Investigation of human organoid retina with digital holographic transmission matrix measurements

Research output: Contribution to journalResearch articleContributedpeer-review

Abstract

Advanced manufacturing of retinal organoid samples from human induced pluripotent stem cells represents a promising way to study the development of retinal diseases. The retina is an epithelium composed of different cell layers with unique optical properties and detects light by photoreceptor neurons for visual function. There are still many challenges in detecting early and distinct cellular changes in retinal disease. In this paper, we study the capability of the optical transmission matrix, which fully describes the transition of a light field propagating through a scattering sample. Despite its rich information content, the transmission matrix is commonly just used for light delivery through scattering media. Digital holography is employed to measure the complex light-field information of the transmitted light. We demonstrate that singular value decomposition of the transmission matrix allows to discriminate phantom tissues with varying scattering coefficient. We apply these findings to retinal organoid tissues. Application of the protonophore carbonyl cyanide m-chloro-phenylhydrazone (CCCP), a known inducer of retinal damage in animals, caused cell death and structural changes in human retinal organoids, which resulted in distinct changes in the transmission matrix. Our data indicate that the analysis of the transmission matrix can distinguish pathologic changes of the retina towards the development of imaging-based biomarkers.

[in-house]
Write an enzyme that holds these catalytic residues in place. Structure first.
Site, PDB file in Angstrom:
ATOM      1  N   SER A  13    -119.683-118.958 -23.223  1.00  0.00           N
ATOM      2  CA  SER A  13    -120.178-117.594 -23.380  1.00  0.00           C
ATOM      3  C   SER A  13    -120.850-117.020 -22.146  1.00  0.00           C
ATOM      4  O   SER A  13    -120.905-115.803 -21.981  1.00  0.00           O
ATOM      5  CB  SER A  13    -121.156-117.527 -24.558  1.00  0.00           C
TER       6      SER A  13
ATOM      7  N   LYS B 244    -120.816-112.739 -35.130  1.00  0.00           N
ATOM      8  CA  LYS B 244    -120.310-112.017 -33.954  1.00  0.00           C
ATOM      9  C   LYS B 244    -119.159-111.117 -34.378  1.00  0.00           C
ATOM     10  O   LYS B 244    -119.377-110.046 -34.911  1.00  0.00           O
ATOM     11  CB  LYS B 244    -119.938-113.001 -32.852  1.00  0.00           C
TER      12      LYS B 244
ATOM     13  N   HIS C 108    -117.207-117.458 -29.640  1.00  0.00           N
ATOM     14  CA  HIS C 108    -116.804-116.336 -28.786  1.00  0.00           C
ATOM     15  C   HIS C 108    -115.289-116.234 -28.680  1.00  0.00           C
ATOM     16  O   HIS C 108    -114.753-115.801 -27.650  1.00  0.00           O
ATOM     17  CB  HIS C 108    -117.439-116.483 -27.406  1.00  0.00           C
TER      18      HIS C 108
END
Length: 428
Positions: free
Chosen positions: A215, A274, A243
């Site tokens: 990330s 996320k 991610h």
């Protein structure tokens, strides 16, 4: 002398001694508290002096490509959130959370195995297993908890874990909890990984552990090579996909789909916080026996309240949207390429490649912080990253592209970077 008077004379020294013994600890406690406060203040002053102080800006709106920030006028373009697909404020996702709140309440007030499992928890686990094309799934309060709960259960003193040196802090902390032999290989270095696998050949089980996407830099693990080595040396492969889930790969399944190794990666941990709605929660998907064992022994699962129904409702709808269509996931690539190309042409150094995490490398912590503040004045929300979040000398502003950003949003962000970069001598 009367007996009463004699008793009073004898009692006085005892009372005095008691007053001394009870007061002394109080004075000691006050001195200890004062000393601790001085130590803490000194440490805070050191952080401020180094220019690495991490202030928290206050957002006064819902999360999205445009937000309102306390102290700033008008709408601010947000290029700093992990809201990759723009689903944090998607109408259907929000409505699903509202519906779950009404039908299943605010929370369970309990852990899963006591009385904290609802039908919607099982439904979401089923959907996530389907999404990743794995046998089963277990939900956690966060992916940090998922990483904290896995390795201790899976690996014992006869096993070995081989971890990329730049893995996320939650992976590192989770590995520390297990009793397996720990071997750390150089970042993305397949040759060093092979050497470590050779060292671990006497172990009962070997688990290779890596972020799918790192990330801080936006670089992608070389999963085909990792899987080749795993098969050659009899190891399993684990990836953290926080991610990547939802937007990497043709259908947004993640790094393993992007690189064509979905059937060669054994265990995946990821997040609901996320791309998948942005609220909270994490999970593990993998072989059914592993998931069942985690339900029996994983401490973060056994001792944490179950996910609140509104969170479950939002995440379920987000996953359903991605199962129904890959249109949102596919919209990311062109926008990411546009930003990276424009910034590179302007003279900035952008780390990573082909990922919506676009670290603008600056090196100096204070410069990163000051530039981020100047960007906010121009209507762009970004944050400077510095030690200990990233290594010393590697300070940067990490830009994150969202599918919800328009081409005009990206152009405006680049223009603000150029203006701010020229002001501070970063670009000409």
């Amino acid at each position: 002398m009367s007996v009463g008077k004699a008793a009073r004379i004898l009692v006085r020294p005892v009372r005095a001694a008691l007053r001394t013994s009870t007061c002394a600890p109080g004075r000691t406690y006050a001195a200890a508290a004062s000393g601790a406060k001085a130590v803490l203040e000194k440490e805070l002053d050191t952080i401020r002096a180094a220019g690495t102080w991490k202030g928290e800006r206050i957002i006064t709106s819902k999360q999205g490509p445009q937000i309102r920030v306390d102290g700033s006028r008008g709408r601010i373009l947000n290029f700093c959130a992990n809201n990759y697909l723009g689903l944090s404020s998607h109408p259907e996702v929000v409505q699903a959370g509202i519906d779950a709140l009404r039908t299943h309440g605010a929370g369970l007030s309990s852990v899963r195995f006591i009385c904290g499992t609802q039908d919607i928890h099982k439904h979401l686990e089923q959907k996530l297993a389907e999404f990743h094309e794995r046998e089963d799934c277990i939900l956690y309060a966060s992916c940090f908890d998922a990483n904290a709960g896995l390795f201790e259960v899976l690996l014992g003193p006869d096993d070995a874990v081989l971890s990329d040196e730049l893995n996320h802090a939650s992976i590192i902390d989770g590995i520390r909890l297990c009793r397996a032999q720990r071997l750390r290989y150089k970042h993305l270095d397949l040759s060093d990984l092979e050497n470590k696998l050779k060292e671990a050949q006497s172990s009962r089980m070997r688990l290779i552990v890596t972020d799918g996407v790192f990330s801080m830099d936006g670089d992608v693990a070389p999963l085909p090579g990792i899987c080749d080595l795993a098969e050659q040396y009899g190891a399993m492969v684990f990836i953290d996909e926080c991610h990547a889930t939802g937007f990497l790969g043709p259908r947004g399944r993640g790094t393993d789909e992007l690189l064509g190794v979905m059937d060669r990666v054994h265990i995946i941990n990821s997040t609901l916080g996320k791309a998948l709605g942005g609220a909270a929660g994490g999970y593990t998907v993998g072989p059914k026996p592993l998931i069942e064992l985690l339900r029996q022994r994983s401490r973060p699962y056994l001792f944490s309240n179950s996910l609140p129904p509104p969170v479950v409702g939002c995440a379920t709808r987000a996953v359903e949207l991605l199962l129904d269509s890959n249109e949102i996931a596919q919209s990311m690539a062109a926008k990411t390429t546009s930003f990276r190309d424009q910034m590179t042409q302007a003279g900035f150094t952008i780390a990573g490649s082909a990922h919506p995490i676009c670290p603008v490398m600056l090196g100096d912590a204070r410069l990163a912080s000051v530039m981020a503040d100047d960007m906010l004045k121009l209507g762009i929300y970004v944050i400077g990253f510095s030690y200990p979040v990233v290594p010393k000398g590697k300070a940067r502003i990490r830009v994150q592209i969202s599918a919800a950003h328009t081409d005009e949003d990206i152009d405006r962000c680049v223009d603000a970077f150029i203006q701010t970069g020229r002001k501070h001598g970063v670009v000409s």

Details

Original languageEnglish
Pages (from-to)1
JournalLight: Advanced Manufacturing
Volume3
Issue number1
Publication statusPublished - 1 Jan 2022
Peer-reviewedYes

External IDs

unpaywall 10.37188/lam.2022.023
Mendeley 9f16283b-fa8d-3d5a-a3ba-d428369bd4bc

Keywords

Library keywords